In the UK, Viscum album is normally referred to by its common name, Mistletoe.  Mistletoe grows up in the branches of trees where it forms spherical ball-shaped plants comprised of many stems holding pairs of lovely fresh-green coloured, leathery leaves.  This evergreen shrub produces tiny white flowers followed by shiny white berries.  The oval leaves are borne in pairs and are very attractive and are naturally enhanced by the edition of gleaming Mistletoe berries, which appear in September and take many months to ripen. 

The Silver Birch (Betula pendula) is one of our most recognisable UK native trees with its glorious silvery-white bark and dainty green leaves.  We’re not the only ones to have an affinity with Betula pendula, this stunning tree is a native plant of many countries in Europe and Northern Asia.  Betula pendula is a deciduous tree, its leaves turn from green to a buttery yellow before falling in autumn. 

Inula hookeri is a clump forming, herbaceous perennial from China.  I love daisies and I adore these sunny yellow flowers and I’m very fond of Inula hookeri’s super soft leaves.  Next time you see this plant, reach out and stroke a leaf, it’s soft and furry.  I appreciate this plant because its flowers attract bees and butterflies to my garden.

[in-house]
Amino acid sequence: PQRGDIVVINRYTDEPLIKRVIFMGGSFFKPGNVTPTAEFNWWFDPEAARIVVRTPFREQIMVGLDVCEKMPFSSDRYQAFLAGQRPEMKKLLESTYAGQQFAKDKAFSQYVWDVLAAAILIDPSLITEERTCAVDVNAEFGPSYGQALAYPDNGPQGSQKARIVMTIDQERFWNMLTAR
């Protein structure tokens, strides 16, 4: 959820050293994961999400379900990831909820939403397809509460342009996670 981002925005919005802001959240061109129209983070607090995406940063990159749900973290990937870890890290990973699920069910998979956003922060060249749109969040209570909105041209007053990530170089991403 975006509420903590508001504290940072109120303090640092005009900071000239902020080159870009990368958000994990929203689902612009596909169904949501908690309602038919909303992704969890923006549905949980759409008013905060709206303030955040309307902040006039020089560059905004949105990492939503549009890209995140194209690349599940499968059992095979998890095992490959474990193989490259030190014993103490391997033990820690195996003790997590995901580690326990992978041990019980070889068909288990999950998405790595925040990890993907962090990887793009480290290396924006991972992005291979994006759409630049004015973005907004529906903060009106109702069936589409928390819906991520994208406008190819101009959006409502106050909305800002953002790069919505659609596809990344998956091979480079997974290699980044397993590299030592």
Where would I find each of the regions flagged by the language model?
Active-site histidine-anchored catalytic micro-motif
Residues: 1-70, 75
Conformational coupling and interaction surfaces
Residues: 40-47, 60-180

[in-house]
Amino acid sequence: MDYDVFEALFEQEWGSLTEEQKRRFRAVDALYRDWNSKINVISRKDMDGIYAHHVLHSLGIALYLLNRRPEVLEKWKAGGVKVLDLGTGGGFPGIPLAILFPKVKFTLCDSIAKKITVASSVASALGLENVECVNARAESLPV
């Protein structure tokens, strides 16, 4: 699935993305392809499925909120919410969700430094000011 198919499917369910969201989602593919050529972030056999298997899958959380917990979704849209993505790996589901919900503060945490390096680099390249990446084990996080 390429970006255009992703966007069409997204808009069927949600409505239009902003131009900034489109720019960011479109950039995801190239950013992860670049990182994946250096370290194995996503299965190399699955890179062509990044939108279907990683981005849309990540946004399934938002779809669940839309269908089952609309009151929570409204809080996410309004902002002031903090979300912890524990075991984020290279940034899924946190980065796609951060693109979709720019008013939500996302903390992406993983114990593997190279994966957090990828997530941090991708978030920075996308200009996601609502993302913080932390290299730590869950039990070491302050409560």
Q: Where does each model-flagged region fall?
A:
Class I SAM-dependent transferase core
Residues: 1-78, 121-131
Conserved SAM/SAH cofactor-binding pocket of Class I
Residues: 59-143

Alliaria petiolata is a commonly found wildflower in Europe, Asia, and parts of Africa.  Whenever its foliage is bruised, crushed, or trampled, this plant’s leaves release a scent that’s reminiscent of garlic; as a consequence, in the UK, Alliaria petiolata is often called Garlic Mustard, or Hedge Garlic.  Another common name for Alliaria petiolata is Jack-by-the hedge, which reflects one of this plant’s habitats and Alliaria petiolata’s prominence as a plant that lines our hedgerows. 

Phalaenopsis taenialis is a miniature, epiphytic orchid species, which originates from a number of locations, including Bhutan, Myanmar, and the Himalayas.  In teh wild, these miniature orchids can be found growing at the tops of trees, on the edges of forests.

Please note that I previously listed my Phalaenopsis taenialis plants as Phalaenopsis braceana (which is the name I purchased this plant as)